“The Attention Economy” by Jon Wozencroft of Touch, United Kingdom, has been announced as a keynote to be presented at The European Conference on Arts, Design & Education (ECADE2022), on-site and online from the University of Porto, Portugal.
To participate in ECADE2022 as an audience member, please register for the conference.
The presentation will also be available for IAFOR Members to view online. To find out more, please visit the IAFOR Membership page.
The Attention Economy
The attention economy was first theorised by political scientist Herbert A. Simon in 1971, sensing that the tendency towards information overload would create paralysis. “What information consumes is rather obvious: it consumes the attention of its recipients”, he wrote. “Attention transactions" would replace financial transactions as the focus of our economic system, and especially in the worlds of politics, advertising and social media, so it came to be.
Intangible factors became paramount to the processes of promotion and distribution, namely immediacy, personalisation and free accessibility. "Attention economics" forms a potential consumer's attention as a resource – advertisers follow a model they called AIDA - Attention, Interest, Desire and Action. Attention is therefore the first stage in the process of converting non-believers and non-consumers. There is no time to digest, only to react, or not.
Progressively this directive takes over all aspects of communication, bringing us to the current conditions of widespread disinformation and its supposed remedy, the digital detox. If “ignorance is bliss”, in its latest guise, ignorance becomes essential for maintaining a certain level of mental health.
Disinformation fosters conspiracy theories, anxiety, incredulity, with the dangerous outcome that nobody believes anything anymore, or could that be the opposite?... Extremism emerges as the only way of attracting attention.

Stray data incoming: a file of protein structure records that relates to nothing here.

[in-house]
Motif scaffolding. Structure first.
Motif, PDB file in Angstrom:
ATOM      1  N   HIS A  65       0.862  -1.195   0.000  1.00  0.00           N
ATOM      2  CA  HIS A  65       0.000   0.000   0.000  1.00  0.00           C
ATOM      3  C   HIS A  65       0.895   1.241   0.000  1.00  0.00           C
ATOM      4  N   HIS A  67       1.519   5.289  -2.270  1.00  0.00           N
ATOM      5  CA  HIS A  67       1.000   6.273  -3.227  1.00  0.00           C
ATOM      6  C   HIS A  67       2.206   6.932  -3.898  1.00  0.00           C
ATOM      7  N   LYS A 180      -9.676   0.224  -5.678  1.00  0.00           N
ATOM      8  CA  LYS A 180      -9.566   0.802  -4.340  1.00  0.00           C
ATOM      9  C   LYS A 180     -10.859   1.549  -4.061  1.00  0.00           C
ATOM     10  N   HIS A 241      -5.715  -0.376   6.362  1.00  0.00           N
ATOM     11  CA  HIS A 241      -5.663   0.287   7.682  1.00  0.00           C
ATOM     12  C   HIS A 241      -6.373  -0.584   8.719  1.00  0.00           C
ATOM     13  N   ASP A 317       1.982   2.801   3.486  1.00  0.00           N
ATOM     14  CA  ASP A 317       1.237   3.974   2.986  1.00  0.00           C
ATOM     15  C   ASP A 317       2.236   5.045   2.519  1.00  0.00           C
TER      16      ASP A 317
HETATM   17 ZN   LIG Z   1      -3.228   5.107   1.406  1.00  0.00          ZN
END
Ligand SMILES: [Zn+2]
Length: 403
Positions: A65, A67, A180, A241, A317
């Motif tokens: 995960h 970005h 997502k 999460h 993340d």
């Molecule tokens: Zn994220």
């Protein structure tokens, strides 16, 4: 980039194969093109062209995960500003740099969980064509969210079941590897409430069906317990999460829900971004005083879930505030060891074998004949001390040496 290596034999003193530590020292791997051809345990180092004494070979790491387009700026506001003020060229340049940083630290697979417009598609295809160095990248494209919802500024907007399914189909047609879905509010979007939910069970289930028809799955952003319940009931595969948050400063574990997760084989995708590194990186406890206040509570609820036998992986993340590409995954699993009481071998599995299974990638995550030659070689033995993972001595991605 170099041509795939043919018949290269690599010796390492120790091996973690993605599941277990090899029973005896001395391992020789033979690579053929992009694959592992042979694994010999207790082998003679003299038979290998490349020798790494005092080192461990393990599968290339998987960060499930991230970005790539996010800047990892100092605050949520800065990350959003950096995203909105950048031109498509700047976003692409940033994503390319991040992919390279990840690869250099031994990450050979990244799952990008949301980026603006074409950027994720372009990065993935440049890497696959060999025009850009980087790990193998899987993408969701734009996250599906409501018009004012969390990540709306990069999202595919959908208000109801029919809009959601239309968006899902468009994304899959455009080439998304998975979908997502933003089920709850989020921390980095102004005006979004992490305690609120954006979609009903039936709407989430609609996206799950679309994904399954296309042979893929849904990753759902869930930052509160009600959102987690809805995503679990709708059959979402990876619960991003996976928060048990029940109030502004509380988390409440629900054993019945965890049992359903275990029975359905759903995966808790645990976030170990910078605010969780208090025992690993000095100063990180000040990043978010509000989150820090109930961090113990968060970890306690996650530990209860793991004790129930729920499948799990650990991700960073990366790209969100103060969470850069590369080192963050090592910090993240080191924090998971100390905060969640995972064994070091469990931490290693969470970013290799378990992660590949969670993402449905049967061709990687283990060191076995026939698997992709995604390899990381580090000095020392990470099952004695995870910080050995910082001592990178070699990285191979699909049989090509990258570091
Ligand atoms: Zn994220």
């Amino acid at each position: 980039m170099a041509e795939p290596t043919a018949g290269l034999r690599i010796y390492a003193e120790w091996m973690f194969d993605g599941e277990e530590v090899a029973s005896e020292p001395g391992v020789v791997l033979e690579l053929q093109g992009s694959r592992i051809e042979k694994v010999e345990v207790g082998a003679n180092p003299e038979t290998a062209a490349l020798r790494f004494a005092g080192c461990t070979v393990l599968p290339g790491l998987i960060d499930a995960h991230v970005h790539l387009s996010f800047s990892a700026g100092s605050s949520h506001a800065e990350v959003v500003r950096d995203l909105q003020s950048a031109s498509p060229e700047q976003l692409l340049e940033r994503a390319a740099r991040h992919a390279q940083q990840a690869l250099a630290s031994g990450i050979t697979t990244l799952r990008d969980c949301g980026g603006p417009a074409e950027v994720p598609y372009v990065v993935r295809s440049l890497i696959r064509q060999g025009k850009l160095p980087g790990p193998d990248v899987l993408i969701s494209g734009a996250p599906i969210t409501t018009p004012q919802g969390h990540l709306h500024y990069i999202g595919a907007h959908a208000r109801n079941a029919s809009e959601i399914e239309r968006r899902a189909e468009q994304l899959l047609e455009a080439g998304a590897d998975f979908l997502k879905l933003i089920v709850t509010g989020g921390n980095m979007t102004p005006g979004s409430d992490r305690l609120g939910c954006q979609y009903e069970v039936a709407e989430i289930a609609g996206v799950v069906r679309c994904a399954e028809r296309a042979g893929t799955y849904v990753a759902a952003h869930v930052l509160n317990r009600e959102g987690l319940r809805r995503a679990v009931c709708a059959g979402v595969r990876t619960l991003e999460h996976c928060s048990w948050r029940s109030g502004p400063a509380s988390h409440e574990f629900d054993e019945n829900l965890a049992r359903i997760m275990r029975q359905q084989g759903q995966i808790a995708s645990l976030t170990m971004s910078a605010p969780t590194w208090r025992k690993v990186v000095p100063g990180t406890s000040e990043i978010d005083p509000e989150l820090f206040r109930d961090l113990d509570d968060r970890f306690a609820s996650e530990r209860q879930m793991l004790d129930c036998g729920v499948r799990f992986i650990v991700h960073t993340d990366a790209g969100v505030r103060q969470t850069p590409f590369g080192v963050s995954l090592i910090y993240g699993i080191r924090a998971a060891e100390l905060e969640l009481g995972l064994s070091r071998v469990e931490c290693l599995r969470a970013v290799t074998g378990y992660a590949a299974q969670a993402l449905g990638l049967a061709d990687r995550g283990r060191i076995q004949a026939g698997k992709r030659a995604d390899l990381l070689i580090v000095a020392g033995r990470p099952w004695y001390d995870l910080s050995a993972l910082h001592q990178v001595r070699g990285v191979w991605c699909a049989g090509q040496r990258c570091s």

How does this impact upon design education? The very strategies that are deemed necessary for teaching and learning might also be accelerating a mental health crisis that should have no place in contemporary pedagogy.
Touch, United Kingdom
Jon Wozencroft started Touch in 1981/2. The intention was to extend the scope of a record label by combining music publishing with the level of curation afforded to fine art, producing a series of audiovisual productions, and the chance to collaborate with New Order, Wire, Joseph Beuys, Cabaret Voltaire, Chris Watson, Mika Vainio, and Fennesz amongst many others.
In the 80s and 90s, Wozencroft worked with Neville Brody on book and exhibition projects, leading to FUSE, one of the first magazines to critically engage with digital culture. In 2012, Taschen published a full documentation of the project, From Invention to Antimatter.
His photography and design work has appeared in publications including Fax Art, Merz to Émigré and Beyond, Shapeshifters, and Cover Art By. He was the publisher of Vagabond (magazine co–edited with Jon Savage, 1992), and the editor/designer of Joy Division's Heart and Soul box set in 1997. In 2005–2007, he co–curated the re-releases of Joy Division's back catalogue and participated in Grant Gee's documentary film on the group’s enduring impact.
Since 2007 he has been art director for Wire, whose 17th LP Mind Hive was released in 2020.
A book of his work, Touch & Fuse, was published in 1999 by the University of Porto, and in 2017, Touch Movements documented his photography and curation of Touch. Liquid Music, a collaboration with Christian Fennesz is one example of moving image work that has been showcased at the BFI, Tate Britain, Sonar, Transmediale, Avanti, and numerous other festivals.
He taught at the Royal College of Art from 1994–2019, specialising in the impact of sound and moving image on design practice. His research with Paul Devereux investigates the power of sound in prehistory with the focus on Preseli, Wales, source of the Stonehenge bluestones: www.landscape-perception.org